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Bears hunting for new food sources in Oklahoma

From small pests to potentially big ones, wildlife is affected by drought.
BY ROBERT MEDLEY rmedley@opubco.com Published: July 22, 2011
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/articleid/3587734/1/pictures/1470212">Photo - This bear was caught on film in Cherokee County <strong>Gary Hardesty - PHOTO PROVIDED</strong>
This bear was caught on film in Cherokee County Gary Hardesty - PHOTO PROVIDED

Hardesty, who works in Muskogee, said he has heard others say bears have been seen in the area.

He set up trail cameras by hanging them on trees near deer feeders. One day a camera was swatted and took photos of the ground. Another day a corn feeder was smashed and 60 pounds of corn eaten. Two cameras have been bent and broken.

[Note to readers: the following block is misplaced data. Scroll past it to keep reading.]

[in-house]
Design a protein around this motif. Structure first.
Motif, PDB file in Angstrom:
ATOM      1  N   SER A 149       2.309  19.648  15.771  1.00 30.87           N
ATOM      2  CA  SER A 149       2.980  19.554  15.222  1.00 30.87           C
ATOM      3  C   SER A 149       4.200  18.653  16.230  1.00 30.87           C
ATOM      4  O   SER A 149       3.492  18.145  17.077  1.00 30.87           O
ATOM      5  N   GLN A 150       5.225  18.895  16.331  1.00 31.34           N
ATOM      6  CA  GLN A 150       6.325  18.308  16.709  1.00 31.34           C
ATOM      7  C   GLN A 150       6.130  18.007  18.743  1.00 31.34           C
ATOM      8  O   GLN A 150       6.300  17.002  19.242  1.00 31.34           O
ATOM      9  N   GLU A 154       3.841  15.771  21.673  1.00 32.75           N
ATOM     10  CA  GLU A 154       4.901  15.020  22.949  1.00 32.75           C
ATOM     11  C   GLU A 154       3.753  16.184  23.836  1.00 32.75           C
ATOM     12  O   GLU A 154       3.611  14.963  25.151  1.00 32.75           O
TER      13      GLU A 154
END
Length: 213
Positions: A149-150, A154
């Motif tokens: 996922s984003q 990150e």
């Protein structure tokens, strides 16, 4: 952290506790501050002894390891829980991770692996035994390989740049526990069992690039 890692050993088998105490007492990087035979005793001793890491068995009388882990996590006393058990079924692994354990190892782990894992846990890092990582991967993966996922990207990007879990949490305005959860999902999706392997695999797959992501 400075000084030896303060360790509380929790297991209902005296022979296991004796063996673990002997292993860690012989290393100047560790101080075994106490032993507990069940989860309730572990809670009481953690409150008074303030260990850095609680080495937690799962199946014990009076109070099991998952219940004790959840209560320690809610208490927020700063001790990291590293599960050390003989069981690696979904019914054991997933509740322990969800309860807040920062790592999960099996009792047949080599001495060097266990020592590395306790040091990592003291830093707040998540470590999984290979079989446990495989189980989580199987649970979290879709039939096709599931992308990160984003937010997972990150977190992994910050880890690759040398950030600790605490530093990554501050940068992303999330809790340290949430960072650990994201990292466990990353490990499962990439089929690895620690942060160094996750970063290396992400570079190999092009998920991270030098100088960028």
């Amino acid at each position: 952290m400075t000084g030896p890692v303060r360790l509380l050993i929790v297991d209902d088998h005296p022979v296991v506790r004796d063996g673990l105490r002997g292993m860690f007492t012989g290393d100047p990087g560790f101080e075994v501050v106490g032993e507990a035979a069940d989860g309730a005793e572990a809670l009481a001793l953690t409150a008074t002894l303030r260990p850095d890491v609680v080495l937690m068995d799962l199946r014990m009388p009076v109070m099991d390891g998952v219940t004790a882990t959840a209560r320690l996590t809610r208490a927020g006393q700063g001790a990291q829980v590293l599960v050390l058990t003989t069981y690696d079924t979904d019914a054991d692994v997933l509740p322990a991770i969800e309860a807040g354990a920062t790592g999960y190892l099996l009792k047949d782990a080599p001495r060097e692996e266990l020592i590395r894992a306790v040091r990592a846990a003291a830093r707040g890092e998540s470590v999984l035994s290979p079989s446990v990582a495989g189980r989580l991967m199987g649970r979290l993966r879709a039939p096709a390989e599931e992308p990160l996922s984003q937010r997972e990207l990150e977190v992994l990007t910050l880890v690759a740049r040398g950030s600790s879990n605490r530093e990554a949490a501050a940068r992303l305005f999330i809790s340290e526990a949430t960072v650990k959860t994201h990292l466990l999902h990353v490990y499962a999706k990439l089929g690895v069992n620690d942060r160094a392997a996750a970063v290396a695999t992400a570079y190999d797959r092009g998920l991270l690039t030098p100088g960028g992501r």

The cameras captured black bear photos June 24 and July 10.

Don't feed the bears

Hardesty said he has stopped putting out corn.

“They'll stay around as long as you feed them,” he said.

Craig Endicott, a state game warden in Cherokee County, said bears were rarely seen there until recent years.

“It's kind of new for us to see them up here,” Endicott said. “Leave them alone and move away from them. Typically a black bear is not aggressive but once it is gone, remove the lure that attracted it to the area.”


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